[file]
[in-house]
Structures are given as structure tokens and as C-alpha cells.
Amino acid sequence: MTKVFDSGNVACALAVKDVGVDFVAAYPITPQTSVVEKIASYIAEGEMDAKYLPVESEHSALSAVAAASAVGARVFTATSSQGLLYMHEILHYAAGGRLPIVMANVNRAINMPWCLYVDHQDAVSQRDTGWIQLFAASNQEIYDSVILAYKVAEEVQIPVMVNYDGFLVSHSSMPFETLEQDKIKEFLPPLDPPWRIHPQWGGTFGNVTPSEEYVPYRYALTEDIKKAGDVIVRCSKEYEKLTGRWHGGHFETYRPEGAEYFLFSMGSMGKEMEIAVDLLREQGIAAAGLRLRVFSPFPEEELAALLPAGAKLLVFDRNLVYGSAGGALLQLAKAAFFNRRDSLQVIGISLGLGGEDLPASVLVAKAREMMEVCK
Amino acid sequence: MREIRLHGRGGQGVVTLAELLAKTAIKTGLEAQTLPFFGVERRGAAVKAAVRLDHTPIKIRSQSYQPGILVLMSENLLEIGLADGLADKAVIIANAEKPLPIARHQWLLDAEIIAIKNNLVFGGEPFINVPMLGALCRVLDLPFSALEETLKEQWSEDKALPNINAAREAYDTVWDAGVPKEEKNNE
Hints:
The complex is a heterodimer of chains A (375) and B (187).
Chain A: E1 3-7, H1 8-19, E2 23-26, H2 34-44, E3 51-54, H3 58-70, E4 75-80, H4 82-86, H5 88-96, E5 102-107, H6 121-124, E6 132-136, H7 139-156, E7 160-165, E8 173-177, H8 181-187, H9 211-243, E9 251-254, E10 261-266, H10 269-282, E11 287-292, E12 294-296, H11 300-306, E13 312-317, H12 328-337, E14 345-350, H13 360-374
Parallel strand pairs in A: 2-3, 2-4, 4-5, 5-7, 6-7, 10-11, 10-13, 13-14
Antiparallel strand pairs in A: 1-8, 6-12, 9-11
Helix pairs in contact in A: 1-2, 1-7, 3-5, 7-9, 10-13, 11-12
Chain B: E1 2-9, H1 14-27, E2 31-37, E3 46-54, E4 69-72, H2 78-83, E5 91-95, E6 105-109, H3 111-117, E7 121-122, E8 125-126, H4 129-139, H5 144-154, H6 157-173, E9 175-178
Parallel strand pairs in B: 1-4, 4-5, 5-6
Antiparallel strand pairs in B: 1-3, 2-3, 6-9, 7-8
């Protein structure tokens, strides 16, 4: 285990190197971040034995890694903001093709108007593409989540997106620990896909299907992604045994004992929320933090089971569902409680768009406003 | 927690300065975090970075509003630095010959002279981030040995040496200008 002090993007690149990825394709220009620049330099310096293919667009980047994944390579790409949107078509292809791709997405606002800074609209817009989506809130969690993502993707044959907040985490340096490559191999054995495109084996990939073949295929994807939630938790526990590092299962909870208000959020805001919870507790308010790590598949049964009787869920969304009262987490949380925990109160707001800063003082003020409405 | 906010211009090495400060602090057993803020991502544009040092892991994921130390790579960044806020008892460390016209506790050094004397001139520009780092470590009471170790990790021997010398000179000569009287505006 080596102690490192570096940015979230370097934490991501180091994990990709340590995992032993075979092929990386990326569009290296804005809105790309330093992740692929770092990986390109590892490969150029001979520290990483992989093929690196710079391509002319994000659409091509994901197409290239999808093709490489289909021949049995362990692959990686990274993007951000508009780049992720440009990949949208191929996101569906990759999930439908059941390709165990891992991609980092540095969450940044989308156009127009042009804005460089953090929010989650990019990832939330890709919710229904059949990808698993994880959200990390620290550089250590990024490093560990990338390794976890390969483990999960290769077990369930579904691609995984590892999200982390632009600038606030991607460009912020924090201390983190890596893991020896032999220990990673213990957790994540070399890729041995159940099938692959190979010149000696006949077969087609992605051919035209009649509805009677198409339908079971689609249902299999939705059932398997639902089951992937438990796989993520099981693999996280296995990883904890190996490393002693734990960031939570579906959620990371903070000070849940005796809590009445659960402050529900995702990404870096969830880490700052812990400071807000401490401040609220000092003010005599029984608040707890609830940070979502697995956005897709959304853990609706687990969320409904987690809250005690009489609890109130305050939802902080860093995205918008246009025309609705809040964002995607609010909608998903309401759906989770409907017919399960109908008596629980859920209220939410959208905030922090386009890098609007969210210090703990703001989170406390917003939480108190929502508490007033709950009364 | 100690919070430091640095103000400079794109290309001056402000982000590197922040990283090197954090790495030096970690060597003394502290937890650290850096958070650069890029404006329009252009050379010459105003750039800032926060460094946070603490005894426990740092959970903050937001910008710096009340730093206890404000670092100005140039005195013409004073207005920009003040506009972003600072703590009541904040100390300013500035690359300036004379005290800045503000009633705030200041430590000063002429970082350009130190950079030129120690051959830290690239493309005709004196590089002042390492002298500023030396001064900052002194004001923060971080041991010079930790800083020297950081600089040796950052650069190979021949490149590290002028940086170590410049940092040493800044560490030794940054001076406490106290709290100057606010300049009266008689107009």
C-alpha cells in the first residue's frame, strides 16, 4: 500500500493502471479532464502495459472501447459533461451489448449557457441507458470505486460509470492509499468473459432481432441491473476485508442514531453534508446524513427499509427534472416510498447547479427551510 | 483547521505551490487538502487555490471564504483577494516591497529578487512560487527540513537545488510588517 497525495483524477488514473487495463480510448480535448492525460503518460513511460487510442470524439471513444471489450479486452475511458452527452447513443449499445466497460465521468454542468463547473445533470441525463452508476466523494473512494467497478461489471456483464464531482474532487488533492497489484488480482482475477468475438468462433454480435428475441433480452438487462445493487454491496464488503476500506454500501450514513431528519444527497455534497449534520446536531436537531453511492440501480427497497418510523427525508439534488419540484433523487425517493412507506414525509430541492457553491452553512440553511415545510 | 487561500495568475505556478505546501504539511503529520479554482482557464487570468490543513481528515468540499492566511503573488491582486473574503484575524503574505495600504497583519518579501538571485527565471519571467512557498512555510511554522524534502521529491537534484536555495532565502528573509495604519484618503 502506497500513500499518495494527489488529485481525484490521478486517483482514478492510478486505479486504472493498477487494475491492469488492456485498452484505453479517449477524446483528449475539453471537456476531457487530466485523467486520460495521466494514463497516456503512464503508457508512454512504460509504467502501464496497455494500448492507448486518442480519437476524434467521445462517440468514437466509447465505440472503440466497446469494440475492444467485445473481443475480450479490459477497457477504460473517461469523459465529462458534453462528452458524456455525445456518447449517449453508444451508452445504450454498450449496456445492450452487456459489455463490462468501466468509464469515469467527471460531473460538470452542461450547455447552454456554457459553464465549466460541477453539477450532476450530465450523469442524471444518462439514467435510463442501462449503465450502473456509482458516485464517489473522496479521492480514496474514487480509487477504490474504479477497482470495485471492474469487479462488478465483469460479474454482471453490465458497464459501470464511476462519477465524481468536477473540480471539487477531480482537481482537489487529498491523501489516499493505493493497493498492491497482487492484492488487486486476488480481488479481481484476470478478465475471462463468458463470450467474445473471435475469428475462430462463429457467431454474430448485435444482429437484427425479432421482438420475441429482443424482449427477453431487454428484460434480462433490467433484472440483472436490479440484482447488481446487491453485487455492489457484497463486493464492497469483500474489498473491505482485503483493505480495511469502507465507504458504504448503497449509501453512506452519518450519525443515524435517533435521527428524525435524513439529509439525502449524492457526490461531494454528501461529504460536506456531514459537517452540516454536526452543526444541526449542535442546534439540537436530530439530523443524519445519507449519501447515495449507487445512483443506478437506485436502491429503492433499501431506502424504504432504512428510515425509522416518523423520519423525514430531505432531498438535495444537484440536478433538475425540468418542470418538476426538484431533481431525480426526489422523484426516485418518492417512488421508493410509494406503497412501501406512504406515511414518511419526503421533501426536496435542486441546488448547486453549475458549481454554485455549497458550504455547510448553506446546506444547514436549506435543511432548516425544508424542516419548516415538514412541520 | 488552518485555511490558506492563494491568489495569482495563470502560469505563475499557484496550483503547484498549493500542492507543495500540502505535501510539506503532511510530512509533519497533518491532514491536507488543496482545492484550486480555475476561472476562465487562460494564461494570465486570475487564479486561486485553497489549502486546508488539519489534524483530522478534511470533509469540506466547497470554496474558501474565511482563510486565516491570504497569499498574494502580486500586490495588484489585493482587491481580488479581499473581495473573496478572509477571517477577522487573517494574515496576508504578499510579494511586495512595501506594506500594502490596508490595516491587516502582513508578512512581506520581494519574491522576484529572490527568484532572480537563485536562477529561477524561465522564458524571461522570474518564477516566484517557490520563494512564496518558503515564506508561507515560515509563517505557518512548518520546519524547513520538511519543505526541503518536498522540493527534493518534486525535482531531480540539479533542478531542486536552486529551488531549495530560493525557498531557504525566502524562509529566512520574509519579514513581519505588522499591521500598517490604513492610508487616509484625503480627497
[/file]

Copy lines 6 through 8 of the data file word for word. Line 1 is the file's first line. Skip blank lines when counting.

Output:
The complex is a heterodimer of chains A (375) and B (187).
Chain A: E1 3-7, H1 8-19, E2 23-26, H2 34-44, E3 51-54, H3 58-70, E4 75-80, H4 82-86, H5 88-96, E5 102-107, H6 121-124, E6 132-136, H7 139-156, E7 160-165, E8 173-177, H8 181-187, H9 211-243, E9 251-254, E10 261-266, H10 269-282, E11 287-292, E12 294-296, H11 300-306, E13 312-317, H12 328-337, E14 345-350, H13 360-374
Parallel strand pairs in A: 2-3, 2-4, 4-5, 5-7, 6-7, 10-11, 10-13, 13-14